Sunday, November 27, 2011

NaNoWriMo: Write a Great Book, Watch a Good Movie



We’re in the homestretch of National Novel Writing Month. We’re down to our last few tips, too. Today’s tip is a really good one and it’s from Alia Yunis, author of the amazing novel The Night Counter, a clever retelling of the Scheherazade story. As you’ll see when you get to the tip below, Alia has also spent a lot of time working in the film industry, and she’s currently a freelance journalist and a professor of film and television. I had the great fortune to meet Alia at Squaw Valley Writers Conference last summer. Alia is a great person to spend a weekend with! (Let me give a little shout out for Squaw, if you’re looking for a writer’s conference to hone your skills. Check it out.)

“What came first—the novel or the screenplay?  In world history and in most agent deals, the book came first.  Not a trick question.  The trick is for the writer of the novel to appreciate the screenplay while he or she is writing her book.  I spent years toiling in LA in the screenwriting trade, as a writer and as a script analyst.  There are days when I wish for the sake of my soul and sanity I had run away in half the time it took me to make the decision to leave.  But when I sit at my computer writing, I am grateful to the screenplays I wrote and the hundreds and hundreds of scripts I read and movies I watched.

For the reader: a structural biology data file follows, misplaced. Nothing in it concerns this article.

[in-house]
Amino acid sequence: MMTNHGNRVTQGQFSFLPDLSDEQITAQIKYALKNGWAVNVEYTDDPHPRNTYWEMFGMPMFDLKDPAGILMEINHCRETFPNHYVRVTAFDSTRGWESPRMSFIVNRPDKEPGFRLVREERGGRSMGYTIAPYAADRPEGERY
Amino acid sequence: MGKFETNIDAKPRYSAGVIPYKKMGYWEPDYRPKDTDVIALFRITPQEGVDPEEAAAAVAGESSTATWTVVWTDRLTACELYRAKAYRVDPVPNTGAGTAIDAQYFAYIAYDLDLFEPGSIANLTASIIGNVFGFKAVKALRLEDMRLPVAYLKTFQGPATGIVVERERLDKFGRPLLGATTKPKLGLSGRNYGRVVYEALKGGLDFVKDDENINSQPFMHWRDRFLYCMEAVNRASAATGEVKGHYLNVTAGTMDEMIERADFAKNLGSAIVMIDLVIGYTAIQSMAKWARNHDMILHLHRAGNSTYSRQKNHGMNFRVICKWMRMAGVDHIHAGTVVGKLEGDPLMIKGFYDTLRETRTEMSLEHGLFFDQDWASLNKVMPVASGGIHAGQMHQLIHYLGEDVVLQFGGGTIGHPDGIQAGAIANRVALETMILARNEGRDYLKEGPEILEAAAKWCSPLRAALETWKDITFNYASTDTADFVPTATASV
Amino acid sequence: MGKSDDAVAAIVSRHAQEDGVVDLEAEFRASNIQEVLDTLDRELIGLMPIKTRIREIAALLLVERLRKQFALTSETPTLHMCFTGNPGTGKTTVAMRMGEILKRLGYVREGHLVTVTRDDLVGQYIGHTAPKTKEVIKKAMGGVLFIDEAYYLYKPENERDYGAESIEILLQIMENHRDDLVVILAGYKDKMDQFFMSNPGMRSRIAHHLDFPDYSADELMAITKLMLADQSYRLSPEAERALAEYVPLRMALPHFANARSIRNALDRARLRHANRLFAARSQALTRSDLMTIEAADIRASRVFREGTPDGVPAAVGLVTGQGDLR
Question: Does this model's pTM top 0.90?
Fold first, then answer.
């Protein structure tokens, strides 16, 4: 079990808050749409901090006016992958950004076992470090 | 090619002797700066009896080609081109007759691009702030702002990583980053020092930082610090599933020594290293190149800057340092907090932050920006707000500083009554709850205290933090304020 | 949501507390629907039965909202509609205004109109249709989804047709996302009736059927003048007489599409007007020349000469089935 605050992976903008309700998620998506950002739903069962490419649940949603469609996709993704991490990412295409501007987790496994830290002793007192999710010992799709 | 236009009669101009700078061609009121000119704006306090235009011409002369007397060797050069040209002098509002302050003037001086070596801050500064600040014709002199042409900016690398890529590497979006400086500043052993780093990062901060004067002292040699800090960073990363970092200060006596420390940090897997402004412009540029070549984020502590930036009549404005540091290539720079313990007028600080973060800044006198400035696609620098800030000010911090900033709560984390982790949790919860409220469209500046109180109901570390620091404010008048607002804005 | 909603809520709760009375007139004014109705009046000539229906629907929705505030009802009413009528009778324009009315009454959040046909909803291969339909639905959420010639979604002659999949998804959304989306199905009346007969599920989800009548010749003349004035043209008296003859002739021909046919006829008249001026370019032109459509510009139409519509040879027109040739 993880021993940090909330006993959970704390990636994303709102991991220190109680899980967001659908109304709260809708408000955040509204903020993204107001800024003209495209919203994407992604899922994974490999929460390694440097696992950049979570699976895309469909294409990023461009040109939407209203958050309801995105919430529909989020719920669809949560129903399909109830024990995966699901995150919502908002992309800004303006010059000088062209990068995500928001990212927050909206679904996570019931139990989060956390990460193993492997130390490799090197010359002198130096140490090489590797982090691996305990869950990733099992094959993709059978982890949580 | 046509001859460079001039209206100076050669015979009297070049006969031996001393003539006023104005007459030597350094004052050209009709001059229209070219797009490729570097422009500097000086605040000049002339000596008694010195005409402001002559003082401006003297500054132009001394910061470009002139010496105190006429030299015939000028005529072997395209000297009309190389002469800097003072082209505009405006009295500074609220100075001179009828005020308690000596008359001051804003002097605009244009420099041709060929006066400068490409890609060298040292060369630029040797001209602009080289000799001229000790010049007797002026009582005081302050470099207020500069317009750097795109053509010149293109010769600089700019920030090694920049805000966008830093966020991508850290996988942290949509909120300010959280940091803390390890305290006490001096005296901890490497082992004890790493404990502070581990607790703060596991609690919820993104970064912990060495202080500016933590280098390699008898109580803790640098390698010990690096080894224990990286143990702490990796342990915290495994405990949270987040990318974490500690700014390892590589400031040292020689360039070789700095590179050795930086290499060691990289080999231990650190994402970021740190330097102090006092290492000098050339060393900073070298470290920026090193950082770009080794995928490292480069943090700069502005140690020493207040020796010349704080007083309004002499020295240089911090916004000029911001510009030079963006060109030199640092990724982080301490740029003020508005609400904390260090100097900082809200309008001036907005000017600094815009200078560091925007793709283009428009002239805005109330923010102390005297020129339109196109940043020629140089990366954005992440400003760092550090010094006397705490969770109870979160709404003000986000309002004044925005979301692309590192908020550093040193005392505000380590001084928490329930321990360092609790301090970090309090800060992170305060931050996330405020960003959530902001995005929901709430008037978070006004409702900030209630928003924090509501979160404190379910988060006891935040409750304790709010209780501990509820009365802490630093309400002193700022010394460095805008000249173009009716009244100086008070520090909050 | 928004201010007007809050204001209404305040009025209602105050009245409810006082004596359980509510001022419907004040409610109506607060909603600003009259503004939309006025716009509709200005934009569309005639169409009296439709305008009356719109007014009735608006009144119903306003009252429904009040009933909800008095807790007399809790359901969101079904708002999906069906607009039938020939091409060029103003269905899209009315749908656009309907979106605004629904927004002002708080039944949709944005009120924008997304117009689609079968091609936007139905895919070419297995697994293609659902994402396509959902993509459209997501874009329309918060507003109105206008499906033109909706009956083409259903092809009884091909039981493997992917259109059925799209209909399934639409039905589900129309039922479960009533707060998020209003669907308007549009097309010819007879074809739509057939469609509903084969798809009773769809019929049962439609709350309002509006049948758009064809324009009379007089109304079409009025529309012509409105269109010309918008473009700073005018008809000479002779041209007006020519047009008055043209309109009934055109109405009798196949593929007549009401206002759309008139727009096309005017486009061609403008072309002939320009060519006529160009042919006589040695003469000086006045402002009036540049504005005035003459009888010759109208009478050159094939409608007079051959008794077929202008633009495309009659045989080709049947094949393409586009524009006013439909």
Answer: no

“Freedom of speech does not apply to screenwriting, at least when it comes to structure.  Your three act structure, plot points, turning points, back stories, narrative description, and dialogue falls within a limited set of pages—or on screen running minutes.  So when I find my novel just wandering along without a plot, without stakes and turning points, I take a break and watch a good movie.  It gives my eyes a rest, but it also gives me a chance to map out my story.  I outline the script of the film I’m watching, and that gets me thinking about plot in my own novel, and then I’m ready to go again.  Indeed, screenwriting doesn’t allow for the freedom and creativity that novel writing does, but for the novelist struggling with too much freedom, taking a break to watch a movie can help give your freedom purpose.”

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